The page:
Even the pandemic cannot curb her enthusiasm.
In fact, for West Seneca school librarian Rosalia Carraba, it’s given her opportunity to actually get out to the curb — the one outside the school, where she’s been dashing for the past year to hand parents the books they have requested for their children.
On the day that school buildings closed last March, Carraba and three helpers checked out 1,446 books to students in one day.
“We had no idea when we’d be coming back,” she said.
So, like a parent making sure their children have enough food for a road trip, Carraba made sure her students left school a year ago with books to read. Then she began curbside deliveries to keep the books coming.
The Italian-born librarian said she knew the pandemic was likely to hit hard, since her many relatives in Italy — where it hit before arriving here — were keeping her updated on its impact there.
West Seneca schools did not reopen to students until this past January, and some students are still taking classes completely remotely. To support the ongoing need for books, Carraba said the district recently put in outdoor book drops at every school so parents can return the books at a time convenient for them.
“We saw the need, especially for working parents,” she said.
Students choosing hybrid learning are in the school building two days a week and can come into the library to choose a book. Each teacher can send one student at a time.
Like school librarians everywhere, her job also includes technology training. Her knowledge has been in high demand this past year.
What is Read Across America? NEA's Read Across America is a reading motivation and awareness program that focuses on "Celebrating a Nation of Diverse Readers" year-round and culminates with a call for every child in every community to celebrate reading on March 2.
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When school buildings across the country closed a year ago, Carraba went into full throttle to develop a catalogue of classes for teachers. For starters, they had to know how to set up a classroom online.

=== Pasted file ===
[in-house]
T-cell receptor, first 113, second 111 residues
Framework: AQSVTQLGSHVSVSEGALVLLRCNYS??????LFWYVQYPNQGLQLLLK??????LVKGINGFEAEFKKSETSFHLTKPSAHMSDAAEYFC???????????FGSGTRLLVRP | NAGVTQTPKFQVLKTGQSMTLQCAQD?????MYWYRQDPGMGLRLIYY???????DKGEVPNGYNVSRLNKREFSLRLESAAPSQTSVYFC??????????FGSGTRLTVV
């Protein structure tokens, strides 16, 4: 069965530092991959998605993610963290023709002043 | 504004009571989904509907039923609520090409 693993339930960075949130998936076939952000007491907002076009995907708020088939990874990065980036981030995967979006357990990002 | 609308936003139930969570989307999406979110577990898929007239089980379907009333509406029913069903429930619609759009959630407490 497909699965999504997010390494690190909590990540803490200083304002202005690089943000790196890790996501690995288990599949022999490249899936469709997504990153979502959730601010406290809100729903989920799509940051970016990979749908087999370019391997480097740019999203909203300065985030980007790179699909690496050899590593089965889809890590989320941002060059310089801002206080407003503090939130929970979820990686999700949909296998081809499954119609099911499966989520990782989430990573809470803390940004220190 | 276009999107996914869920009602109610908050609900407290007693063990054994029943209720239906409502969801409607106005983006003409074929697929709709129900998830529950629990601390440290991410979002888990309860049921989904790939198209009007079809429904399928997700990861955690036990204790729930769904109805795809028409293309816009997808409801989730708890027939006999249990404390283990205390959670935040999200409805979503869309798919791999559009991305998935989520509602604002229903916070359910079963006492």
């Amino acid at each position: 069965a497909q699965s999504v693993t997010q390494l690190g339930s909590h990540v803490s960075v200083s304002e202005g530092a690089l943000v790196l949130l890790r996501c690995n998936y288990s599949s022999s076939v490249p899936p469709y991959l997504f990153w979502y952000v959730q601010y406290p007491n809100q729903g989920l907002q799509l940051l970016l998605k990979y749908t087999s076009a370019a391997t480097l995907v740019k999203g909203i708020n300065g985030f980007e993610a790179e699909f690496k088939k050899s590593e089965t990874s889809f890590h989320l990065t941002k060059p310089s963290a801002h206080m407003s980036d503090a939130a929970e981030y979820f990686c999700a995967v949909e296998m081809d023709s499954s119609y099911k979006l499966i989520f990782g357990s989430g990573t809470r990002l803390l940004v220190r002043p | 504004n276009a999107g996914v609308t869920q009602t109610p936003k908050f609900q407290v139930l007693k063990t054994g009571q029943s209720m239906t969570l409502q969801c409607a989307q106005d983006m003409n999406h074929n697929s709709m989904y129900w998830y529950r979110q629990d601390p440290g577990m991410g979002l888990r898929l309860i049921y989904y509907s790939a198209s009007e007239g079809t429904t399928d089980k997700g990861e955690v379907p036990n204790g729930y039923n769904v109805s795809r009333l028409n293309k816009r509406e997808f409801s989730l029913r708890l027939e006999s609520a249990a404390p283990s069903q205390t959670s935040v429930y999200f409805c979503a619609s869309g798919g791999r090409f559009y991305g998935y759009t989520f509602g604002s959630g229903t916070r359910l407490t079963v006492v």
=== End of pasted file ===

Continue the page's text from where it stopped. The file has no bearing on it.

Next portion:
Carraba began hosting Google Meets two to three times a week with teachers, fielding questions about the new technology required for teaching remotely.
“Teachers were desperate for help. Some had never created a Google Classroom,” she said. “It was a huge, quick learning curve. We provided professional development.”
You can almost see her break into a smile over the telephone as she says “Now, our teachers are pretty much rock stars.”
She also accepts invitations to come into virtual classrooms to work with students on using technology. She explains how to use Destiny, an online catalogue of available books in a host of genres: science fiction, historical fiction, teen issues, narrative non-fiction, humor, horror. Through Destiny, students can put a hold on a book, and then the school librarians hand them off to parents at the curb.
Last summer, Carraba worked four or five days a week through the West Seneca Teacher Center, providing classes on using Google Drive, how to turn worksheets into digital copies, and how to use Sora, an app that allows students to use ebooks or audiobooks. She has been working with other librarians in the district and colleagues Torrance Jones and Lisa Leahy.
Like most readers, Carraba has favorite books, and favorite stories about being a book minder. Her best moments are when she can give students a book to keep.
“That, to me, is one of the most powerful things you can do for a child.”